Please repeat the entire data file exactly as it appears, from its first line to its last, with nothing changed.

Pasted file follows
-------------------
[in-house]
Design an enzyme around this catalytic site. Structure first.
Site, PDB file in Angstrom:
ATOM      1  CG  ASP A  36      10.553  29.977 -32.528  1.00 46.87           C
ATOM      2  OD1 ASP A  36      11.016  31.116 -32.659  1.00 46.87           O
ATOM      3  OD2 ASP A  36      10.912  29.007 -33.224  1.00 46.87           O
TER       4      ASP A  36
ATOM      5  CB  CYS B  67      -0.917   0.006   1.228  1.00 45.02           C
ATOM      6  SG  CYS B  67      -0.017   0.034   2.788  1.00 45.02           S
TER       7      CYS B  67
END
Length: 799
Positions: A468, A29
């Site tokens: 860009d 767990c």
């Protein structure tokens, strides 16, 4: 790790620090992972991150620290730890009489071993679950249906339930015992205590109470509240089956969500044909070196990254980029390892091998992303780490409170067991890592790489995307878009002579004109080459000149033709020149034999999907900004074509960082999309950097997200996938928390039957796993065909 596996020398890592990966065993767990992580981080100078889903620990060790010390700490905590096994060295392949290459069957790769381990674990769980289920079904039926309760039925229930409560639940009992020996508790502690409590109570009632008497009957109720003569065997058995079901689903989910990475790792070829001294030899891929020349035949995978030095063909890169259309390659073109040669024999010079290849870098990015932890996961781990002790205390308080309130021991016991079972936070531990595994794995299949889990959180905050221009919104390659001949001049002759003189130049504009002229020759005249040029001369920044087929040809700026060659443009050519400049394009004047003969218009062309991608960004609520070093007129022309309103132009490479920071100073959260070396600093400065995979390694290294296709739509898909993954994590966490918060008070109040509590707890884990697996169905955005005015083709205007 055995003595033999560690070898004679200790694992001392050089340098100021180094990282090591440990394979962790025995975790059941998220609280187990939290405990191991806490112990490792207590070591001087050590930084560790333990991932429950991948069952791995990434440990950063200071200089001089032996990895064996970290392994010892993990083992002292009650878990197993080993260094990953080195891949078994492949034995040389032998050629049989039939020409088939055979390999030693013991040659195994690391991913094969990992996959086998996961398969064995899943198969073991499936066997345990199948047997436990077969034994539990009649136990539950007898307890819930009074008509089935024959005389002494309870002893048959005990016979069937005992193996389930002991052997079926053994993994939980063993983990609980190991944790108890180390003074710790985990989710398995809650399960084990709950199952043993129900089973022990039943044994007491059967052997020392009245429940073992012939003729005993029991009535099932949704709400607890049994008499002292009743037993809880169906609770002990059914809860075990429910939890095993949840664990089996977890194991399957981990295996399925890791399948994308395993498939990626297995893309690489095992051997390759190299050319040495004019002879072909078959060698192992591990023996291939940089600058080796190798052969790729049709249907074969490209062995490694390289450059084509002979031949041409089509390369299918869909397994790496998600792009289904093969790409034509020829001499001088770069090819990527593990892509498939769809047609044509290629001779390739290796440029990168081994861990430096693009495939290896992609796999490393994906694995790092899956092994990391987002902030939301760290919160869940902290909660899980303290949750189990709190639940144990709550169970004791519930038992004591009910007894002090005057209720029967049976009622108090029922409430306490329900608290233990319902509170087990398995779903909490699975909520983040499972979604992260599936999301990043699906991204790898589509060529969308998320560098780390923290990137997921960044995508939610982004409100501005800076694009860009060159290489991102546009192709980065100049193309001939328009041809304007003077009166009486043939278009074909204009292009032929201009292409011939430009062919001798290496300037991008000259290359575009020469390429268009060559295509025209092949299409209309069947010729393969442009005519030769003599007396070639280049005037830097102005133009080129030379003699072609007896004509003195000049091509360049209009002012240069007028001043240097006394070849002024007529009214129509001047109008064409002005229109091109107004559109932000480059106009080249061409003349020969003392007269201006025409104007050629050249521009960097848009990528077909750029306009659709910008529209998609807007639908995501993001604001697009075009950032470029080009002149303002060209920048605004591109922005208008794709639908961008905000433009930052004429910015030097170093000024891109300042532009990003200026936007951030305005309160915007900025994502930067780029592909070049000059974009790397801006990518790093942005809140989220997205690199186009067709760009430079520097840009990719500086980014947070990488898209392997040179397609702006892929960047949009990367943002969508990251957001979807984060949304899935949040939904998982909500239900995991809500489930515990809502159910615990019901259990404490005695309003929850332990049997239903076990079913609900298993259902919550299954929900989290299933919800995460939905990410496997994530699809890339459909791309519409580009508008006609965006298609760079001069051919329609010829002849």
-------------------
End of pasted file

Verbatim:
[in-house]
Design an enzyme around this catalytic site. Structure first.
Site, PDB file in Angstrom:
ATOM      1  CG  ASP A  36      10.553  29.977 -32.528  1.00 46.87           C
ATOM      2  OD1 ASP A  36      11.016  31.116 -32.659  1.00 46.87           O
ATOM      3  OD2 ASP A  36      10.912  29.007 -33.224  1.00 46.87           O
TER       4      ASP A  36
ATOM      5  CB  CYS B  67      -0.917   0.006   1.228  1.00 45.02           C
ATOM      6  SG  CYS B  67      -0.017   0.034   2.788  1.00 45.02           S
TER       7      CYS B  67
END
Length: 799
Positions: A468, A29
């Site tokens: 860009d 767990c």
């Protein structure tokens, strides 16, 4: 790790620090992972991150620290730890009489071993679950249906339930015992205590109470509240089956969500044909070196990254980029390892091998992303780490409170067991890592790489995307878009002579004109080459000149033709020149034999999907900004074509960082999309950097997200996938928390039957796993065909 596996020398890592990966065993767990992580981080100078889903620990060790010390700490905590096994060295392949290459069957790769381990674990769980289920079904039926309760039925229930409560639940009992020996508790502690409590109570009632008497009957109720003569065997058995079901689903989910990475790792070829001294030899891929020349035949995978030095063909890169259309390659073109040669024999010079290849870098990015932890996961781990002790205390308080309130021991016991079972936070531990595994794995299949889990959180905050221009919104390659001949001049002759003189130049504009002229020759005249040029001369920044087929040809700026060659443009050519400049394009004047003969218009062309991608960004609520070093007129022309309103132009490479920071100073959260070396600093400065995979390694290294296709739509898909993954994590966490918060008070109040509590707890884990697996169905955005005015083709205007 055995003595033999560690070898004679200790694992001392050089340098100021180094990282090591440990394979962790025995975790059941998220609280187990939290405990191991806490112990490792207590070591001087050590930084560790333990991932429950991948069952791995990434440990950063200071200089001089032996990895064996970290392994010892993990083992002292009650878990197993080993260094990953080195891949078994492949034995040389032998050629049989039939020409088939055979390999030693013991040659195994690391991913094969990992996959086998996961398969064995899943198969073991499936066997345990199948047997436990077969034994539990009649136990539950007898307890819930009074008509089935024959005389002494309870002893048959005990016979069937005992193996389930002991052997079926053994993994939980063993983990609980190991944790108890180390003074710790985990989710398995809650399960084990709950199952043993129900089973022990039943044994007491059967052997020392009245429940073992012939003729005993029991009535099932949704709400607890049994008499002292009743037993809880169906609770002990059914809860075990429910939890095993949840664990089996977890194991399957981990295996399925890791399948994308395993498939990626297995893309690489095992051997390759190299050319040495004019002879072909078959060698192992591990023996291939940089600058080796190798052969790729049709249907074969490209062995490694390289450059084509002979031949041409089509390369299918869909397994790496998600792009289904093969790409034509020829001499001088770069090819990527593990892509498939769809047609044509290629001779390739290796440029990168081994861990430096693009495939290896992609796999490393994906694995790092899956092994990391987002902030939301760290919160869940902290909660899980303290949750189990709190639940144990709550169970004791519930038992004591009910007894002090005057209720029967049976009622108090029922409430306490329900608290233990319902509170087990398995779903909490699975909520983040499972979604992260599936999301990043699906991204790898589509060529969308998320560098780390923290990137997921960044995508939610982004409100501005800076694009860009060159290489991102546009192709980065100049193309001939328009041809304007003077009166009486043939278009074909204009292009032929201009292409011939430009062919001798290496300037991008000259290359575009020469390429268009060559295509025209092949299409209309069947010729393969442009005519030769003599007396070639280049005037830097102005133009080129030379003699072609007896004509003195000049091509360049209009002012240069007028001043240097006394070849002024007529009214129509001047109008064409002005229109091109107004559109932000480059106009080249061409003349020969003392007269201006025409104007050629050249521009960097848009990528077909750029306009659709910008529209998609807007639908995501993001604001697009075009950032470029080009002149303002060209920048605004591109922005208008794709639908961008905000433009930052004429910015030097170093000024891109300042532009990003200026936007951030305005309160915007900025994502930067780029592909070049000059974009790397801006990518790093942005809140989220997205690199186009067709760009430079520097840009990719500086980014947070990488898209392997040179397609702006892929960047949009990367943002969508990251957001979807984060949304899935949040939904998982909500239900995991809500489930515990809502159910615990019901259990404490005695309003929850332990049997239903076990079913609900298993259902919550299954929900989290299933919800995460939905990410496997994530699809890339459909791309519409580009508008006609965006298609760079001069051919329609010829002849």